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Criminal Resource Manual

935. Implementation Of The Policy Statement

Two premises underlie the following allocation of law enforcement investigative resources. First, both the Federal Bureau of Investigations (FBI) and Inspectors General (IGs) with overlapping investigative jurisdiction have limited resources. Second, questions of appearance, sensitivity and expertise suggest the FBI is better suited to be primarily responsible for organized crime and corruption matters.

With these considerations in mind, the following comments outline the Department of Justice approach with regard to the criminal investigative jurisdiction of the FBI and the Inspectors General:

  1. Inspectors General will in all instances notify the FBI of the following criminal investigative matters:  

    1. Bribery matters;

    2. Significant allegations of fraud which culpably involve United States government employees; and

    3. Organized crime related matters, including both traditional (La Cosa Nostra) and non-traditional organizations such as other ethnic groups and outlaw motorcycle gangs.  

    The FBI will have the primary investigative role in these three areas and, as part of the notification, the IG will transfer the investigative file and consequently investigative responsibility to the FBI. The Inspector General simultaneously will notify the prosecutor of the above described matters.

  2. The Inspectors General normally will have the responsibility for conducting investigations of fraudulent misconduct involving their respective departments and agencies by non-government personnel. However, the FBI will treat fraud against the government matters as a top priority and, if asked by the prosecutor, will investigate every criminal violation that the prosecutor advises will be prosecuted, if proved. The FBI maintains the right to investigate any criminal allegations which the FBI receives independently and which involve any agency's programs or functions wherein the alleged violations are within the FBI's jurisdiction.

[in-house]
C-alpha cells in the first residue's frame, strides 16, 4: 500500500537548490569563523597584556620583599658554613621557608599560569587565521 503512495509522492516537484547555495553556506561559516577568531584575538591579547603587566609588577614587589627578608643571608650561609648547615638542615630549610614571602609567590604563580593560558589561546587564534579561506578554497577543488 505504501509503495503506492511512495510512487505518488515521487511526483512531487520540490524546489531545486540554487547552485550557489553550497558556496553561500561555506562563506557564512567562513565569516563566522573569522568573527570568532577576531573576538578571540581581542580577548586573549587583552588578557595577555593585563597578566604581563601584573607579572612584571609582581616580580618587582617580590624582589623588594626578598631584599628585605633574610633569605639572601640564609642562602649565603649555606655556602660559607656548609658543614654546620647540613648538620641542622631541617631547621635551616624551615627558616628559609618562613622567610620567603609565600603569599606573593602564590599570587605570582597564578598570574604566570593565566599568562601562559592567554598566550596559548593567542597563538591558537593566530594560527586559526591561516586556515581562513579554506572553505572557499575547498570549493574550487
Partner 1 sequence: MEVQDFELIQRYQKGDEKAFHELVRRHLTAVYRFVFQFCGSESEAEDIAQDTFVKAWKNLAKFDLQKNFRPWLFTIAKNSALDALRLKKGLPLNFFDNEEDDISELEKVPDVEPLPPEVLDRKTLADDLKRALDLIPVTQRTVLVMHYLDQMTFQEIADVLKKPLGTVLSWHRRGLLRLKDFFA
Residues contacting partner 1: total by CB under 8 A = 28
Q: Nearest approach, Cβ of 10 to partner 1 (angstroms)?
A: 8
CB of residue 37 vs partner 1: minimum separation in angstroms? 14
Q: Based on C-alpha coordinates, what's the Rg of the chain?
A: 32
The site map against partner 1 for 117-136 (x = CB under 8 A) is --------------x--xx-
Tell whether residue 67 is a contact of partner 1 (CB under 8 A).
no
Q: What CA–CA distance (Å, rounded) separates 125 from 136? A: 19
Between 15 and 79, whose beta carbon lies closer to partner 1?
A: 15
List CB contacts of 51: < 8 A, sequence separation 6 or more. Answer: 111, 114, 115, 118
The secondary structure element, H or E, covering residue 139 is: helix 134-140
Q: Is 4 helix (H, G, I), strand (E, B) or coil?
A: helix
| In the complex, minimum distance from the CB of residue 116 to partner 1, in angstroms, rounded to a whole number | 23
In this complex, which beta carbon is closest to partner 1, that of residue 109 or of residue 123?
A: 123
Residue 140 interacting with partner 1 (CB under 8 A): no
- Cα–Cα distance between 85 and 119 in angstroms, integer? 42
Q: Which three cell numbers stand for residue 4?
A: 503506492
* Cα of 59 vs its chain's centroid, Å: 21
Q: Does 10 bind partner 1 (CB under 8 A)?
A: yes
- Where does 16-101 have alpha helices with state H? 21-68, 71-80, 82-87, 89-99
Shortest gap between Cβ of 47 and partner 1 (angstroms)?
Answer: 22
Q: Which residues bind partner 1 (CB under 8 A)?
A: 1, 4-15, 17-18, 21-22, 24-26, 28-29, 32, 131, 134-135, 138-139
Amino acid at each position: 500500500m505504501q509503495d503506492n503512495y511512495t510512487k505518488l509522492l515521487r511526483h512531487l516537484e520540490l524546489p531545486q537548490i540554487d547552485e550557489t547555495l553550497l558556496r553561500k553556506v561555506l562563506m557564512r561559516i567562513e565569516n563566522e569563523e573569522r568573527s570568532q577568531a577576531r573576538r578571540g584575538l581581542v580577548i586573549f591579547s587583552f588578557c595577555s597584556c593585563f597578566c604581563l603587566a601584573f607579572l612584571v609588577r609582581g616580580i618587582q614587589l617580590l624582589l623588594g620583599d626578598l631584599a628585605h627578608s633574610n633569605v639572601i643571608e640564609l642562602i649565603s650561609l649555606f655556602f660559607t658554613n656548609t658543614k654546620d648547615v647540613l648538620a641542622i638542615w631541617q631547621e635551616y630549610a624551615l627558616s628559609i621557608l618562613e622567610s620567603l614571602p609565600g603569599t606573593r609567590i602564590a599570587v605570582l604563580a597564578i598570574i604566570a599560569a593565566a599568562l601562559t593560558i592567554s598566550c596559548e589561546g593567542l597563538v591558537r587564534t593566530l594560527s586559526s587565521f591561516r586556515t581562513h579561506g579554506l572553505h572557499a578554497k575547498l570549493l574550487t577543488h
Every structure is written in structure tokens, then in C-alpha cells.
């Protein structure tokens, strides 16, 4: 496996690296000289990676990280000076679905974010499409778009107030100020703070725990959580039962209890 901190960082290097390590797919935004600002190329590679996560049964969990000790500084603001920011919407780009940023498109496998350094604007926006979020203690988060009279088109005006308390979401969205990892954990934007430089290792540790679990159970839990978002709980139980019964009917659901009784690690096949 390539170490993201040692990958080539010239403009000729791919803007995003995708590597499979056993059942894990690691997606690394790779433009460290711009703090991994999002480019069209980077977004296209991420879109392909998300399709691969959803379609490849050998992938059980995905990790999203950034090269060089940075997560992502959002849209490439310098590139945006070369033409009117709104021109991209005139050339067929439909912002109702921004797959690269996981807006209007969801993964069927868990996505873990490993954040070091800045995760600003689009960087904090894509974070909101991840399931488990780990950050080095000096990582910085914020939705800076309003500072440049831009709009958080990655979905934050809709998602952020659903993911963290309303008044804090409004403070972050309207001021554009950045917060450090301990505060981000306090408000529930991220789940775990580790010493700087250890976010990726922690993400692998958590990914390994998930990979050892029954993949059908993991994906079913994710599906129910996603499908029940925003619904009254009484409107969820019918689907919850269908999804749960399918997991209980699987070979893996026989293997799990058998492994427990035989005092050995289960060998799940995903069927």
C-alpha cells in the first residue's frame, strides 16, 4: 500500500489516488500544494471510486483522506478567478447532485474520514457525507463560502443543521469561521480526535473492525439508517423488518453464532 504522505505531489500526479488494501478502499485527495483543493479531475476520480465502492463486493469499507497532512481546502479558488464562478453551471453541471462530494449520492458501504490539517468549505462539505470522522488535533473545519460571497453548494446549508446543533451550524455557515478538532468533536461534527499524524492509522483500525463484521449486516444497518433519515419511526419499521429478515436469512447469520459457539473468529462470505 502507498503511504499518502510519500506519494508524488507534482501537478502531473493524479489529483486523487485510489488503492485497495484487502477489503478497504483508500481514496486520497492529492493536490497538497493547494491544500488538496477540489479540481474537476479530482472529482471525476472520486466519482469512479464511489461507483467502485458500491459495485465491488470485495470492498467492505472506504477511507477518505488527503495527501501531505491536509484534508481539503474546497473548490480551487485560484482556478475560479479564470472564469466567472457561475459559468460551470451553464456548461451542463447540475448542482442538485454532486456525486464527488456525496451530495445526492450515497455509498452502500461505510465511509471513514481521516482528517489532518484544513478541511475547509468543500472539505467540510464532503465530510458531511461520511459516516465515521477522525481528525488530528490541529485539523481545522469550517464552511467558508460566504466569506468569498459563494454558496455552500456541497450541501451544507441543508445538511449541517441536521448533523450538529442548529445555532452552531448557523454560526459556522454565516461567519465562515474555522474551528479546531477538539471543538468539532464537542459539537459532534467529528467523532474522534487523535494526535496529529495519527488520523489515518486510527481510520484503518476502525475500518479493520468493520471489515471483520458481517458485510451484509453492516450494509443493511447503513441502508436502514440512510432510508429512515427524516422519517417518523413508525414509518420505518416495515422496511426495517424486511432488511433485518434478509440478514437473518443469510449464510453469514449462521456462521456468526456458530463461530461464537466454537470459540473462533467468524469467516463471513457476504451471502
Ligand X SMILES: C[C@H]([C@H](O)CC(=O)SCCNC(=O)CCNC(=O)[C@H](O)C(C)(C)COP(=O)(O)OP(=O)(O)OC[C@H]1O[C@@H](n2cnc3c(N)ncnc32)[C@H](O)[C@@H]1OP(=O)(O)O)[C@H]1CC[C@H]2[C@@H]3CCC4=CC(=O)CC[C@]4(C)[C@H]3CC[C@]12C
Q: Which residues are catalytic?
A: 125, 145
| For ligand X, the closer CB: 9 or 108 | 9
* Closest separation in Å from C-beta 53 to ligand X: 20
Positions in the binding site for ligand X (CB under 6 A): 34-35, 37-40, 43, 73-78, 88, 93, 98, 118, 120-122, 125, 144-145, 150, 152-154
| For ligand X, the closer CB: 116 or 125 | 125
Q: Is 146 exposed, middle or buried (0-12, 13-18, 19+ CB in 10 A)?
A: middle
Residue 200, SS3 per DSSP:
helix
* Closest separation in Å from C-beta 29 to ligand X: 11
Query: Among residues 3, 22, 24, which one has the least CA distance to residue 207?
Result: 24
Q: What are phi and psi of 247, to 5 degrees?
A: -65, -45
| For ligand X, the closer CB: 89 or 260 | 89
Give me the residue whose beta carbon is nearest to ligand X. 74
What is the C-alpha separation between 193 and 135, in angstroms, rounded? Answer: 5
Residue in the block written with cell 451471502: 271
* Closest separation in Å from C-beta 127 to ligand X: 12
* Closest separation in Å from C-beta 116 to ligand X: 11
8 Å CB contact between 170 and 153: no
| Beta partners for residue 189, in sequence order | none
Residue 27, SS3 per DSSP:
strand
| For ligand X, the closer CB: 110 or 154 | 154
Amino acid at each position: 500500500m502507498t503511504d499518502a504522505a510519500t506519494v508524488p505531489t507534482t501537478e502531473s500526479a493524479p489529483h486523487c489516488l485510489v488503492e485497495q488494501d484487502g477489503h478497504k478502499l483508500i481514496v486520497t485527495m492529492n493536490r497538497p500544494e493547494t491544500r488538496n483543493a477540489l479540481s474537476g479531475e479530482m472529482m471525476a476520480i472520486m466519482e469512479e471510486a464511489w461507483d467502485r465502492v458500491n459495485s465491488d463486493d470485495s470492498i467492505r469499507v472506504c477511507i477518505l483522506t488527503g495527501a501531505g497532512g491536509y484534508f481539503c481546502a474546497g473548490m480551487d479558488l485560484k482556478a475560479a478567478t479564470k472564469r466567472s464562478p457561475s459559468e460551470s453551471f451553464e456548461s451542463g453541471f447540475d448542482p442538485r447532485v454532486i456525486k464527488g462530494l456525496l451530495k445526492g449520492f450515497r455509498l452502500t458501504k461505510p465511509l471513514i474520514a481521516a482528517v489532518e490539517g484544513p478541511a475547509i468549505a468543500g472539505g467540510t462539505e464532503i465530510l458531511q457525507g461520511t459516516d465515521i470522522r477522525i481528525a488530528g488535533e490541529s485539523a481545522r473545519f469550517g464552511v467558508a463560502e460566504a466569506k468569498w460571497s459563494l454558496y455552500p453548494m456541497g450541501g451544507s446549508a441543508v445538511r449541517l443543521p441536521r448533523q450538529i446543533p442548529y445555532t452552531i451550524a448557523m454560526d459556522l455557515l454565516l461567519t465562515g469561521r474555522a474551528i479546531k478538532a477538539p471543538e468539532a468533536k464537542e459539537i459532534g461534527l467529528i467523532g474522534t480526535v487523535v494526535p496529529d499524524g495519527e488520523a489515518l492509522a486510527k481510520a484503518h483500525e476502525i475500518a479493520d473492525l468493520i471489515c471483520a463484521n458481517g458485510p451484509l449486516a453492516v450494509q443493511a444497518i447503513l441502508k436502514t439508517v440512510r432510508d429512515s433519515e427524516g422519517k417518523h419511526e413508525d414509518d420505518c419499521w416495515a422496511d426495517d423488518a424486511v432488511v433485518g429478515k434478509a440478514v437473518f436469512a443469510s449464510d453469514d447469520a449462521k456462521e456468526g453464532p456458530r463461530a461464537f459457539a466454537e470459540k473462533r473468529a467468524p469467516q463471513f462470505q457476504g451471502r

3. The FBI will, given adequate manpower conditions, consider undertaking joint investigations with Inspector General personnel, and encourage joint undercover operations targeted against identified major crime problems.  

  4. The FBI will accept responsibility for other significant criminal investigative matters, consistent with the availability of investigative resources within the applicable FBI field office. As a general rule, the FBI will not initiate investigations concerning recipient/participant-type frauds, absent indications of a pattern of widespread criminal activity.

[cited in USAM 9-42.001; USAM 9-42.500]